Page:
Bulletin of Mathematical Biology

, Volume 80, Issue 12, pp 3106–3126 | Cite as

Analysis of Transmission of Infection in Epidemics: Confined Random Walkers in Dimensions Higher Than One

  • S. SugayaEmail author
  • V. M. Kenkre
Original Article


The process of transmission of infection in epidemics is analyzed by studying a pair of random walkers, the motion of each of which in two dimensions is confined spatially by the action of a quadratic potential centered at different locations for the two walks. The walkers are animals such as rodents in considerations of the Hantavirus epidemic, infected or susceptible. In this reaction–diffusion study, the reaction is the transmission of infection, and the confining potential represents the tendency of the animals to stay in the neighborhood of their home range centers. Calculations are based on a recently developed formalism (Kenkre and Sugaya in Bull Math Biol 76:3016–3027, 2014) structured around analytic solutions of a Smoluchowski equation and one of its aims is the resolution of peculiar but well-known problems of reaction–diffusion theory in two dimensions. The resolution is essential to a realistic application to field observations because the terrain over which the rodents move is best represented as a 2-d landscape. In the present analysis, reaction occurs not at points but in spatial regions of dimensions larger than 0. The analysis uncovers interesting nonintuitive phenomena one of which is similar to that encountered in the one-dimensional analysis given in the quoted article, and another specific to the fact that the reaction region is spatially extended. The analysis additionally provides a realistic description of observations on animals transmitting infection while moving on what is effectively a two-dimensional landscape. Along with the general formalism and explicit one-dimensional analysis given in Kenkre and Sugaya (2014), the present work forms a model calculational tool for the analysis for the transmission of infection in dilute systems.


Smoluchowski Interacting random walks Diffusion Infection transmission Epidemics Hantavirus 


  1. Abramowitz M, Stegun IA (1970) Handbook of mathematical functions. Dover Publications, TorontozbMATHGoogle Scholar
  2. Abramson G, Giuggioli L, Kenkre VM, Dragoo J, Parmenter R, Parmenter C, Yates TL (2006) Diffusion and home range parameters of rodents: peromyscus maniculatus in New Mexico. Ecol Complex 3:64CrossRefGoogle Scholar
  3. Abramson G, Kenkre VM (2002) Spatiotemporal patterns in the Hantavirus infection. Phys Rev E 66:011912CrossRefGoogle Scholar
  4. Abramson G, Wio HS (1995) Time behavior for diffusion in the presence of static imperfect traps. Chaos Solitons Fractals 6:1CrossRefGoogle Scholar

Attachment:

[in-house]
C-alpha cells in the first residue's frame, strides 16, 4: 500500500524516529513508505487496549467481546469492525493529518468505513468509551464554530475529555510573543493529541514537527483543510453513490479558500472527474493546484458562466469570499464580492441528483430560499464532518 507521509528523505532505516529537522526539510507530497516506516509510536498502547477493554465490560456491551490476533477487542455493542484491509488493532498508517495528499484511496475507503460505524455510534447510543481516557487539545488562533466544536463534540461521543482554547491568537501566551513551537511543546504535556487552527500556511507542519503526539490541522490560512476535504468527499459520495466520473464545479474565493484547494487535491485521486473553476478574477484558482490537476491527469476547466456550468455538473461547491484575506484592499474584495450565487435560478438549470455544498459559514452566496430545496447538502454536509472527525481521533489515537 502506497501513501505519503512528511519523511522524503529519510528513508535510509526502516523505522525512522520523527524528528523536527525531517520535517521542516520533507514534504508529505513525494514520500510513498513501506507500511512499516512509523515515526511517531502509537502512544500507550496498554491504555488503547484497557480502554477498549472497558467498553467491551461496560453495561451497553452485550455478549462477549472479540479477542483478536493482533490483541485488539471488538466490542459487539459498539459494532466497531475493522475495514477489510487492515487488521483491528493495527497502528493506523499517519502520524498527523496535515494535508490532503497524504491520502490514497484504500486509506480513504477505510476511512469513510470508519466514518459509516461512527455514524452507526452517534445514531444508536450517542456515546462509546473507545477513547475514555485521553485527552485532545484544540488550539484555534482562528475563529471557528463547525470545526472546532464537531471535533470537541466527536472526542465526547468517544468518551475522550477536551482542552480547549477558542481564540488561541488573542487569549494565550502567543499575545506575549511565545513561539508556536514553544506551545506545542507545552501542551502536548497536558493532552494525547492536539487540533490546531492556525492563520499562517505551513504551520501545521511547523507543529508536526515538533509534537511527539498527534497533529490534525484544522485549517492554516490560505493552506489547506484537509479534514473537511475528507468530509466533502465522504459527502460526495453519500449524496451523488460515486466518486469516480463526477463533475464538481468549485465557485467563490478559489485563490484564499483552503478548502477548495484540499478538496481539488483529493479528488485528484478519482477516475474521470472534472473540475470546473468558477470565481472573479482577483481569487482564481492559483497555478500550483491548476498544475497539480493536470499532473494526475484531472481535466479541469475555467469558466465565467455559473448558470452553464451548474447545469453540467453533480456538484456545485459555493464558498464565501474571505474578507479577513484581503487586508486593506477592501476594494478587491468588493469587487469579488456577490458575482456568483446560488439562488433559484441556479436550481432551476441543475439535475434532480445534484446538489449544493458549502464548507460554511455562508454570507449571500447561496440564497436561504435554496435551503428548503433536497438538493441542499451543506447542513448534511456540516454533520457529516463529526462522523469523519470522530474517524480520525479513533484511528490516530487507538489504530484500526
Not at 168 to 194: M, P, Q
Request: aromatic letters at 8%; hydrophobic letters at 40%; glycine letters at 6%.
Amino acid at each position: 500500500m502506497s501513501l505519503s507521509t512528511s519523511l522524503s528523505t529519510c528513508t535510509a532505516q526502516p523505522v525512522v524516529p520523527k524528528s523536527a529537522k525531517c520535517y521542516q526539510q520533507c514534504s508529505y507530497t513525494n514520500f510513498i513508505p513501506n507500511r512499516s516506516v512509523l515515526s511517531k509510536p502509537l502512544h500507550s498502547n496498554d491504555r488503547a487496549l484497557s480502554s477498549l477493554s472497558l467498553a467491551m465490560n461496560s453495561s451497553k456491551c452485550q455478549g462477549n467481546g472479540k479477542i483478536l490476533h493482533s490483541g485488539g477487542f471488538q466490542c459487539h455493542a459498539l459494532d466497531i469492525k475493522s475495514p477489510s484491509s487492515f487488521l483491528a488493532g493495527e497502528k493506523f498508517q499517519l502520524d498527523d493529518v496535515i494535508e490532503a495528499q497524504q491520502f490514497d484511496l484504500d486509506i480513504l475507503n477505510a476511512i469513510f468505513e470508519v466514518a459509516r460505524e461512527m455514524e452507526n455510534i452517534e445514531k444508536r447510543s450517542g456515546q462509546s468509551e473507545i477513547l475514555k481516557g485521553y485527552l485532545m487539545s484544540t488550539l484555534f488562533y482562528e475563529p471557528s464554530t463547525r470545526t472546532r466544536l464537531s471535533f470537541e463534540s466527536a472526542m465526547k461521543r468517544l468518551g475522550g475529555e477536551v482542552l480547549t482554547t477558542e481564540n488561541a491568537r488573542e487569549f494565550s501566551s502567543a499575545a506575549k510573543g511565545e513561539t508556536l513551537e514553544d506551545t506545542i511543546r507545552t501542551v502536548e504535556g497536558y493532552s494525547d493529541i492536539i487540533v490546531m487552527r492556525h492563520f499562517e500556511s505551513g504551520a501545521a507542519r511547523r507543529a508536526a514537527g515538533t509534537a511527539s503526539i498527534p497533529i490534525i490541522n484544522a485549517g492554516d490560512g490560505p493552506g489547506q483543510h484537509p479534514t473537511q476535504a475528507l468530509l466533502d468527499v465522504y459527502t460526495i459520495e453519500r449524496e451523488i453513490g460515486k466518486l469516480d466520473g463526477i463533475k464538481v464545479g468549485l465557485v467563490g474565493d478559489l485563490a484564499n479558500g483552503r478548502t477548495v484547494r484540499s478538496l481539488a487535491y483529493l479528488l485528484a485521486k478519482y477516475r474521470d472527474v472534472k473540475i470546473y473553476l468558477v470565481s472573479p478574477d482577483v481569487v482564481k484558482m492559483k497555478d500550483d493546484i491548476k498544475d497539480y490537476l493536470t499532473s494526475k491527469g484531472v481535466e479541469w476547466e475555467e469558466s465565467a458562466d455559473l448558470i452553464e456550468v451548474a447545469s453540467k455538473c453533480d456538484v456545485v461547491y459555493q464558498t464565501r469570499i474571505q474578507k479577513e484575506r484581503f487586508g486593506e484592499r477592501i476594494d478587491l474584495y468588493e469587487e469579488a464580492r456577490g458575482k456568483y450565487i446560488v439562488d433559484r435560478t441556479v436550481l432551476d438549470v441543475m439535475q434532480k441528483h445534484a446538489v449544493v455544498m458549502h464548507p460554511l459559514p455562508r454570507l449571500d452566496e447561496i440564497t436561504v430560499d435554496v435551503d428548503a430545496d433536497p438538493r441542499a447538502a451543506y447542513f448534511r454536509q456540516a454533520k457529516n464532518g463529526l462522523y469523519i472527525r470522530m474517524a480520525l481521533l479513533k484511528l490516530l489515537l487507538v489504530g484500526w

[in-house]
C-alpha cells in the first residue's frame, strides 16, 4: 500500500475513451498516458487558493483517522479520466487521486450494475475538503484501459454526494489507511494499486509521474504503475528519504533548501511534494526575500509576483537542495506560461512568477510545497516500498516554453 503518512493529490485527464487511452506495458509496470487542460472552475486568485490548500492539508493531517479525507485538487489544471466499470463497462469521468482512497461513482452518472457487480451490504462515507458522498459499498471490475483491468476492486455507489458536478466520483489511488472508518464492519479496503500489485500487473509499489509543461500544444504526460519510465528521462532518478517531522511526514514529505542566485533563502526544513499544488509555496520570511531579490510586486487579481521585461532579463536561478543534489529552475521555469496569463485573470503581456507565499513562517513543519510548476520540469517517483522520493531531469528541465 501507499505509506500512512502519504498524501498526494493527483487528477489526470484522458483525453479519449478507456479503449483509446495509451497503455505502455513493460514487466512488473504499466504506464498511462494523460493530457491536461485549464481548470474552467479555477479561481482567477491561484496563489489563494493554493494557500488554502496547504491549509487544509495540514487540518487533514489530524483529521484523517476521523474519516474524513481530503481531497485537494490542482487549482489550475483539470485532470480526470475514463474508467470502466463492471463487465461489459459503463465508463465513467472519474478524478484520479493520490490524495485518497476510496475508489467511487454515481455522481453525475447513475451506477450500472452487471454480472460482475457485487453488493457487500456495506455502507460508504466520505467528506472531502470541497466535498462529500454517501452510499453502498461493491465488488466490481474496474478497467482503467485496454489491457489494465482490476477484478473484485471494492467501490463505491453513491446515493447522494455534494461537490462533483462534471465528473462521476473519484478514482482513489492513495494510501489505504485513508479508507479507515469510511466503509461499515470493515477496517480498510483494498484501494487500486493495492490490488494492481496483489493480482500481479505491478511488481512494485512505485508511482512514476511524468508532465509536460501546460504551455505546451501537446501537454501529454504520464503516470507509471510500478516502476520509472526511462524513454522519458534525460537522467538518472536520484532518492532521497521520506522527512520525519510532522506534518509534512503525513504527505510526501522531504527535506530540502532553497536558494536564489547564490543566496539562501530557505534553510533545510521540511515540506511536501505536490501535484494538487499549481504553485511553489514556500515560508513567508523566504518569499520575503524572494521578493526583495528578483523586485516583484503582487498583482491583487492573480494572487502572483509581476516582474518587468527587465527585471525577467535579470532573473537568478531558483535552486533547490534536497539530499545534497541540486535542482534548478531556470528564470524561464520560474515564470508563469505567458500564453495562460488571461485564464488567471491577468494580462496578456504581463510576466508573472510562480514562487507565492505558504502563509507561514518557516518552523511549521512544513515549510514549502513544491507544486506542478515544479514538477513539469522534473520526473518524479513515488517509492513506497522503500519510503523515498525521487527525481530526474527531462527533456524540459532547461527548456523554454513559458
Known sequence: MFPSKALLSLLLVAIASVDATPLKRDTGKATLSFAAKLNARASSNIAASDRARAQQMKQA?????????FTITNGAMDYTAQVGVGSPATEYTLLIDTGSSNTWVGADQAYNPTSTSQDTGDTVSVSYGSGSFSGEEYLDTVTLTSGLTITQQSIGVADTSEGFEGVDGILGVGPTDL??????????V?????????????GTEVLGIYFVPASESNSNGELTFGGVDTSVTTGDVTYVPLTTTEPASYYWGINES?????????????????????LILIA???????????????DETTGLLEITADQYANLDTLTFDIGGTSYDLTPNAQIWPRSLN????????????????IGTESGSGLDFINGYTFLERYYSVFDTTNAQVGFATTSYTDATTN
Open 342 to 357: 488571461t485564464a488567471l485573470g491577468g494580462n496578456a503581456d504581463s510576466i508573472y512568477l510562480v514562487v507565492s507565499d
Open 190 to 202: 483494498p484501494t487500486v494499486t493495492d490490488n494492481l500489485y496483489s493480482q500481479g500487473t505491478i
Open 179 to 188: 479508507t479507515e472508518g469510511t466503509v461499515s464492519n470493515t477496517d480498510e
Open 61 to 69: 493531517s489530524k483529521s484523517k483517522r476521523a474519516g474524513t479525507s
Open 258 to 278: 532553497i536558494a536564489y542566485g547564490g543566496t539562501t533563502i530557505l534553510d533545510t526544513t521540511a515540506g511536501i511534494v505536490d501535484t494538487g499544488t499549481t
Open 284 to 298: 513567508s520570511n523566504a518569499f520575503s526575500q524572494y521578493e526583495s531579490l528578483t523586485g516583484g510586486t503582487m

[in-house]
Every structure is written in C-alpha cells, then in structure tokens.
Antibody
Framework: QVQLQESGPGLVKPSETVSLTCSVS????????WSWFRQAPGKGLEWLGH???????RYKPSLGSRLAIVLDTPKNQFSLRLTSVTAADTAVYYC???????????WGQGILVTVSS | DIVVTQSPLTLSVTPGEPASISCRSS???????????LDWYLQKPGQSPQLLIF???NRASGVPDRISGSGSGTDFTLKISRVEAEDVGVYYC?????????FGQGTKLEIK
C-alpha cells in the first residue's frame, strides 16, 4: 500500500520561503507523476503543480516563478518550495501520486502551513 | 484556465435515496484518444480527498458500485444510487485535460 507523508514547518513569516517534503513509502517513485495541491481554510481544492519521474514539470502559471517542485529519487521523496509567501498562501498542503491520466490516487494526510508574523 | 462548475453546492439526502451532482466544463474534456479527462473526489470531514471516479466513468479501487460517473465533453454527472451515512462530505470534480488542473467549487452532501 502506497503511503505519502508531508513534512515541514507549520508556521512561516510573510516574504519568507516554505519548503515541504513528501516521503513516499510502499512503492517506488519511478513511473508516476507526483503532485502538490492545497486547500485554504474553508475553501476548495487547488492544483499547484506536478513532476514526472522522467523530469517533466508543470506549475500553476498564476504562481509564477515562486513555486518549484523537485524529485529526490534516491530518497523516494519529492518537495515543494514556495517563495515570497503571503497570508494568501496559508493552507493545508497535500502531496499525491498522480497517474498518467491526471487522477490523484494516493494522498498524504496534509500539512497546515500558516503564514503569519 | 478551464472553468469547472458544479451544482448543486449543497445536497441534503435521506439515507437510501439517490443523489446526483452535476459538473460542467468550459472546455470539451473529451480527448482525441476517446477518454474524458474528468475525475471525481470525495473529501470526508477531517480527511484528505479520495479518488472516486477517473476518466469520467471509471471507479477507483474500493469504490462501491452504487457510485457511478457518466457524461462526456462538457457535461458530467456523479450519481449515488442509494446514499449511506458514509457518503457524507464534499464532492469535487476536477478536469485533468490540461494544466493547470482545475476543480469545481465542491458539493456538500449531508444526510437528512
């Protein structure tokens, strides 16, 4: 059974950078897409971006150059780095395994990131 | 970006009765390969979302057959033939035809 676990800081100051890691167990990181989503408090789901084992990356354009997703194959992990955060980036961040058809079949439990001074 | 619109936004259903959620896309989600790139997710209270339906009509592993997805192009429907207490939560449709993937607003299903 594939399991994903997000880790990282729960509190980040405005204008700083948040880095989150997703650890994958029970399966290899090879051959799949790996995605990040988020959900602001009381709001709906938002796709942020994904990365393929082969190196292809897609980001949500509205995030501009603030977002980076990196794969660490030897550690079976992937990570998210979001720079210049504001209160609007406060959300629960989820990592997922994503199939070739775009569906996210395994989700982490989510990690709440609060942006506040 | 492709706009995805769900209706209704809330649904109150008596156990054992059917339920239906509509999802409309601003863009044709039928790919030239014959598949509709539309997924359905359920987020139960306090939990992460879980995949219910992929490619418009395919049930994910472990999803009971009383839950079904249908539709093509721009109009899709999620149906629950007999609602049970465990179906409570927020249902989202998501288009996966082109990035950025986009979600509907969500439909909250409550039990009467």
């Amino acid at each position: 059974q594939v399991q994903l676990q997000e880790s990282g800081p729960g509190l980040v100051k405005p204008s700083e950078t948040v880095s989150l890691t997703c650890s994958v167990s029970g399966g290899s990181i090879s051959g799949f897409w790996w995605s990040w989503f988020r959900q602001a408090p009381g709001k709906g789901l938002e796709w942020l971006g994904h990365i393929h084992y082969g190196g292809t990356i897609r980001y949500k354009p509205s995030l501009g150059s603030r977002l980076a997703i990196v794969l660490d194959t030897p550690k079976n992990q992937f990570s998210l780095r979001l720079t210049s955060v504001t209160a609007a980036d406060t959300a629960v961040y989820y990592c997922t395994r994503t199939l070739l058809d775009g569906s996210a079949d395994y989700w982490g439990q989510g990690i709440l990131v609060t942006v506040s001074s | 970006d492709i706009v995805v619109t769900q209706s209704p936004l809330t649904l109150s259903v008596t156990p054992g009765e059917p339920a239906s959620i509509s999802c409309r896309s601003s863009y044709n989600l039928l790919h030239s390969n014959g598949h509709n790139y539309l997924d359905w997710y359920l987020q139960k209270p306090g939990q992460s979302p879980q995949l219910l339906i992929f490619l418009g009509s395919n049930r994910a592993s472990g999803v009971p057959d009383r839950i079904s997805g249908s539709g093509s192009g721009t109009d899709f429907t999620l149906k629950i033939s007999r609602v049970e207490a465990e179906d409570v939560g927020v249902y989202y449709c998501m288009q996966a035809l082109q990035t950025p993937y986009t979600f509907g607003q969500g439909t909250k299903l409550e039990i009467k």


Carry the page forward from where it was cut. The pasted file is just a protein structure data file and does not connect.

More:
5. Aguirre MA, Abramson G, Bishop AR, Kenkre VM (2002) Simulations in the mathematical modeling of the spread of the Hantavirus. Phys Rev E 66:041908CrossRefGoogle Scholar
  6. Anderson RM, May RM (1991) Infectious diseases of humans. Oxford University Press Inc., New YorkGoogle Scholar
  7. Berg HC (1983) Random walks in biology. Princeton University Press, PrincetonGoogle Scholar
  8. Brauer F, Castillo-Chávez C (2001) Mathematical models in population biology and epidemiology. Springer, New YorkCrossRefGoogle Scholar
  9. Cantrell RS, Cosner C (2003) Spatial ecology via reaction–diffusion equations. Wiley, HobokenzbMATHGoogle Scholar
  10. Carslaw HS, Jaeger CJ (1959) Condition of heats in solids. Oxford University Press, OxfordGoogle Scholar
  11. Dickmann U, Law R, Metz JAJ (2000) The geometry of ecological interactions. Cambridge University Press, CambridgeCrossRefGoogle Scholar
  12. Giuggioli L, Abramson G, Kenkre VM, Parmenter C, Yates TL (2006) Theory of home range estimation from displacement measurements of animal populations. J Theor Biol 240:126MathSciNetCrossRefGoogle Scholar
  13. Giuggioli L, Abramson G, Kenkre VM, Suzán E, Marcé G, Yates TL (2005) Diffusion and home range parameters from rodent population measurements in Panama Bull. Math Biol 67(5):1135CrossRefGoogle Scholar
  14. Hemenger RP, Lakatos-Lindenberg K, Pearlstein RM (1974) Impurity quenching of molecular excitons. III. Partially coherent excitons in linear chains. J Chem Phys 60:3271CrossRefGoogle Scholar
  15. Hethcote HW (2000) The mathematics of infectious diseases. SIAM Rev 42:599MathSciNetCrossRefGoogle Scholar
  16. Kenkre VM (1980) Theory of exciton annihilation in molecular crystals. Phys Rev B 22:2089CrossRefGoogle Scholar